— Written by Elton John and Bernie Taupin, performed by Elton John (1972)

A little joke in my last post about a lyric “hold me closer, Tony Danza” had me thinking about Elton John and then I heard this song on the classic rock station. It’s from 1972’s Honky Chateau album. This album is generally considered to be part of Taupin and John’s early period that culminated with Yellow Brick Road and the completion of Elton John’s transition from singer-songwriter in the mold of James Taylor to the flamboyant, fame-conscious, glam-saturated (and sexually ambiguous) !Elton John!

Born Reginald Kenneth Dwight in 1947, Elton John began playing piano in clubs at the age of 15 and was apparently a prodigy, picking out songs by ear on the piano at the age of 3. Like many in England, he worked in R&B style music originally. He played with Long John Baldry and was recorded on Baldry’s “Don’t Try to Lay No Boogie Woogie” a song that’s overdue for a resurgence into the culture! If you have six and half minutes the YouTube below is great fun.

Bernie Taupin was John’s songwriting partner and lyricist. The first stanza came to him while on a long drive and he reportedly repeated it for 2 hours in his head until he got someplace to write it down. The inspiration is attributed to Ray Bradbury’s “Rocket Man” short story. This story appeared in the collection “The Illustrated Man.” The prologue and stories in that work are concise and beautiful pieces, often with surprising emotional depth. I’m not sure about the copyright issues but the entire work is housed in PDF here: Here are the first two paragraphs of the prologue:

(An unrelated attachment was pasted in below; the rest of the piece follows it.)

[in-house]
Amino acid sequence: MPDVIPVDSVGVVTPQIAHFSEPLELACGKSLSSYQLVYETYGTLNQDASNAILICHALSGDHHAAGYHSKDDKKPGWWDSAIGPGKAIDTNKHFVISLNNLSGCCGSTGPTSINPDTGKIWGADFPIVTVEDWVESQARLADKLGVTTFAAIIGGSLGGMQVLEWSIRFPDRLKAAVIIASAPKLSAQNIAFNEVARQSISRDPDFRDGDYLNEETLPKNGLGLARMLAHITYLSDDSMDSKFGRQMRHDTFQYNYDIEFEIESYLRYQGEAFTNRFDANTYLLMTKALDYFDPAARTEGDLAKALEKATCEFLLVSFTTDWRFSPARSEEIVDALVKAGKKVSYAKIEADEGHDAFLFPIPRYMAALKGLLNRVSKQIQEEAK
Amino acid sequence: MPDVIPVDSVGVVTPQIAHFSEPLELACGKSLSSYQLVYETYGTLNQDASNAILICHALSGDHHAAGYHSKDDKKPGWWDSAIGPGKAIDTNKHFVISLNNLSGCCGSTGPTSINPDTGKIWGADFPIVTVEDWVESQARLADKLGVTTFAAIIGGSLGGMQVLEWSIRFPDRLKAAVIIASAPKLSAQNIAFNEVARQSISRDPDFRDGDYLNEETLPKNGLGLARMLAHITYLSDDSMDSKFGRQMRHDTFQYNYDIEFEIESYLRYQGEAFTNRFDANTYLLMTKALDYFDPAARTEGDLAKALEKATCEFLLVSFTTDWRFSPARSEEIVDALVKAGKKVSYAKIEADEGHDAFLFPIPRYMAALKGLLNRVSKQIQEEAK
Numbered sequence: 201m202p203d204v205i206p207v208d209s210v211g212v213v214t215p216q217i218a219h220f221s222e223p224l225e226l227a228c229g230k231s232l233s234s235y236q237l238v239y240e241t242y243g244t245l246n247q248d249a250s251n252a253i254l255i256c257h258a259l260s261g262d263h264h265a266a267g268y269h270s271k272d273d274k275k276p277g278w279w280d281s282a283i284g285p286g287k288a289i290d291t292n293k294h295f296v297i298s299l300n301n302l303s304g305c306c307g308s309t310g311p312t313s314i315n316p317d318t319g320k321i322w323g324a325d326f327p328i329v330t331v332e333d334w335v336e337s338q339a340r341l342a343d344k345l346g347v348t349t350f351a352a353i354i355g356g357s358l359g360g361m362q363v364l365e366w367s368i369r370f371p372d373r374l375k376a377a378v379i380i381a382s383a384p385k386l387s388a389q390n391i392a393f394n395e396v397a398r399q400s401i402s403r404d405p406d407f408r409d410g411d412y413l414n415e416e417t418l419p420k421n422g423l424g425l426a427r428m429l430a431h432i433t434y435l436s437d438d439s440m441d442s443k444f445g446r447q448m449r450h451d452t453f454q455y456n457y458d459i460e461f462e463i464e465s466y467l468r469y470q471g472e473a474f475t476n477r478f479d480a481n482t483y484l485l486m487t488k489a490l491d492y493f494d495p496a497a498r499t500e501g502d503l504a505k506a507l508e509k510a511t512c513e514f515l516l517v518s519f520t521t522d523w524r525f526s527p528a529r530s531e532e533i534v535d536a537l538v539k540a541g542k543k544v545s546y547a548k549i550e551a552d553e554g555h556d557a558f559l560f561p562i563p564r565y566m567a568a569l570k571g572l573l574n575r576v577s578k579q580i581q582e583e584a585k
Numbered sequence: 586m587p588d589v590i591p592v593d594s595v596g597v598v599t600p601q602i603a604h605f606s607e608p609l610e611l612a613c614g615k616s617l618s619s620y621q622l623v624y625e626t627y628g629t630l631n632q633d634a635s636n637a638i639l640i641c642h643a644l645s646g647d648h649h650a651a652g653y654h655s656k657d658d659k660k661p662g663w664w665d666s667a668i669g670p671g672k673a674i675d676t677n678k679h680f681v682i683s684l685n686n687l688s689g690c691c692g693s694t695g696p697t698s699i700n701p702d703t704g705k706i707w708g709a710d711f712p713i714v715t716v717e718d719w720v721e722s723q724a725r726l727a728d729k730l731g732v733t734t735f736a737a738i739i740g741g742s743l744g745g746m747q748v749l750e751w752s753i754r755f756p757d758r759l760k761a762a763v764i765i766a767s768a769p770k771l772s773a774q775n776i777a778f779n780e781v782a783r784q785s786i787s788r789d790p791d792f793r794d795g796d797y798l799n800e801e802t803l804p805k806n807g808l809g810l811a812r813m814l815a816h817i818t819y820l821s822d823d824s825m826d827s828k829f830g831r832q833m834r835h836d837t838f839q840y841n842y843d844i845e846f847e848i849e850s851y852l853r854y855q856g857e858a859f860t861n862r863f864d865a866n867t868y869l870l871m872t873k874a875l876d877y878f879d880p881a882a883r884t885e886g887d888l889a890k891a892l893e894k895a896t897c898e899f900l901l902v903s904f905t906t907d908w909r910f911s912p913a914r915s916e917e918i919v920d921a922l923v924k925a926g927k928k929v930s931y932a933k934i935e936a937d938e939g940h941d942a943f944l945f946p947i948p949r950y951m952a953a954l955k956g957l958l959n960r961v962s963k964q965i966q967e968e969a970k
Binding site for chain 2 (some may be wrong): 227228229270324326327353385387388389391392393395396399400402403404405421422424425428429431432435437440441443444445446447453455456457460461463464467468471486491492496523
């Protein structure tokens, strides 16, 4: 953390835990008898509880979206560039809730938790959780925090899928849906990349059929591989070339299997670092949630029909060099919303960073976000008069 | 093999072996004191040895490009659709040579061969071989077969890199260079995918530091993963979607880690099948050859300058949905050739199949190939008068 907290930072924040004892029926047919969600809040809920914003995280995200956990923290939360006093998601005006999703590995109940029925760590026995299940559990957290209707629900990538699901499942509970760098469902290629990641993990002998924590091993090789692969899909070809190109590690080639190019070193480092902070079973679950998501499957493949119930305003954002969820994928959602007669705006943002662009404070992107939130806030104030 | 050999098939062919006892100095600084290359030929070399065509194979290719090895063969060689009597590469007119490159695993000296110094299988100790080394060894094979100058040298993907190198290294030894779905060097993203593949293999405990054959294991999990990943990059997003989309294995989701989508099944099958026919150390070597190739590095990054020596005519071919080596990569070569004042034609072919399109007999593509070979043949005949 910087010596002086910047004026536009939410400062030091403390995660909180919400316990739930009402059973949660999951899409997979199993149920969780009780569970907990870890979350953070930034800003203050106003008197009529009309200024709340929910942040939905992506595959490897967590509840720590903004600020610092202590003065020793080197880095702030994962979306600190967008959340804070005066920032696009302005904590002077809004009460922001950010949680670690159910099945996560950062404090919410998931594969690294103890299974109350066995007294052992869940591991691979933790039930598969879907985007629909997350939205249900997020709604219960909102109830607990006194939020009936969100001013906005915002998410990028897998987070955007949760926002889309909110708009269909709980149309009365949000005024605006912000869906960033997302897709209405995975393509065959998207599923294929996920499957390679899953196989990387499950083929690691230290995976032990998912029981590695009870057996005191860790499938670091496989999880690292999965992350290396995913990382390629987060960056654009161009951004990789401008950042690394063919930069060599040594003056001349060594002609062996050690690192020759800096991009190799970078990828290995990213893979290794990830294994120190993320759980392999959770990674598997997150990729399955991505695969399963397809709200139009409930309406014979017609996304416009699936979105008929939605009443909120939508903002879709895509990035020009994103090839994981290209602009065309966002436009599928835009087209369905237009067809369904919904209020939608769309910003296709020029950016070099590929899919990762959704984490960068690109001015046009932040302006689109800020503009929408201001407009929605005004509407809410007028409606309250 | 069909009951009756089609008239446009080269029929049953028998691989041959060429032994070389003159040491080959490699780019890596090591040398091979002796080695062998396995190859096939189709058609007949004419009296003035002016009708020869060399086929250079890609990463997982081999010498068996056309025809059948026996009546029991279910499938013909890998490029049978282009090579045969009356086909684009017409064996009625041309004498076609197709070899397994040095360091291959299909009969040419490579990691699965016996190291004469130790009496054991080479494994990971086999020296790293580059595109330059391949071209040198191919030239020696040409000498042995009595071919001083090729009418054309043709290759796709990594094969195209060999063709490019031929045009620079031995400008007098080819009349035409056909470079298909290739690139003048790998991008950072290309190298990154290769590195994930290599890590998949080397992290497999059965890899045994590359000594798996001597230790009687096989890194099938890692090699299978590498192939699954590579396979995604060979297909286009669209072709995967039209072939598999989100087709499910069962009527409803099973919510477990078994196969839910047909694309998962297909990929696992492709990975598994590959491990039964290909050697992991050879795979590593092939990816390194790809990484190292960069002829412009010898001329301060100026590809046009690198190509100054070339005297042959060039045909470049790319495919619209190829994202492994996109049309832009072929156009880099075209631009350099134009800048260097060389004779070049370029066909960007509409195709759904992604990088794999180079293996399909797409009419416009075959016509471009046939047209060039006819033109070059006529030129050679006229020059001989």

It was a warm afternoon in early September when I first met the Illustrated Man. Walking along an asphalt road, I was on the final leg of a two weeks’ walking tour of Wisconsin. Late in the afternoon I stopped, ate some pork, beans, and a doughnut, and was preparing to stretch out and read when the Illustrated Man walked over the hill and stood for a moment against the sky.

I didn’t know he was Illustrated then. I only knew that he was tall, once well muscled, but now, for some reason, going to fat. I recall that his arms were long, and the hands thick, but that his face was like a child’s, set upon a massive body.

In six sentences Bradbury is able to introduce the characters and set the scene while piquing our curiosity as well. Pretty awesome. In the Rocket Man story a husband is gone three months at a time doing the dangerous work of piloting rockets between planets. His wife fears for him, and wants him to stay at home while his son wants to follow in his footsteps. The father promises that it is one last run, but doesn’t make it home.